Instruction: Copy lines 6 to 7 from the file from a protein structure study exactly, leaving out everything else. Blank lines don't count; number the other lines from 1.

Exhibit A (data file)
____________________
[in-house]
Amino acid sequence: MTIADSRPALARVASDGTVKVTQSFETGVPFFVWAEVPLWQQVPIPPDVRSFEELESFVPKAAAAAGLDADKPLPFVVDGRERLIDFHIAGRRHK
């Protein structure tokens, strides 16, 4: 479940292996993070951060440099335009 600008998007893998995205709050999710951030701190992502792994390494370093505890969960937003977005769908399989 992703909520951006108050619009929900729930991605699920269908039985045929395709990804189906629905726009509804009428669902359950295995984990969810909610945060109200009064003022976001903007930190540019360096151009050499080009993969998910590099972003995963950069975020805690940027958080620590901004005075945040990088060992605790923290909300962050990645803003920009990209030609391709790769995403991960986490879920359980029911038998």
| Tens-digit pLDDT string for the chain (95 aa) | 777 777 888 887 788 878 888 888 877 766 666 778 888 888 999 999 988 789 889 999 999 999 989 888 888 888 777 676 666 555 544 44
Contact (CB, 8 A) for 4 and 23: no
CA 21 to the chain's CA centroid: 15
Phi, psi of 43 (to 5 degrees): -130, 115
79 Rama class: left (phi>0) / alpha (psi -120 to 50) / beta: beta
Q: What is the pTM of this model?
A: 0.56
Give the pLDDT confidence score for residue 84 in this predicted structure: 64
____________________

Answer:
CA 21 to the chain's CA centroid: 15
Phi, psi of 43 (to 5 degrees): -130, 115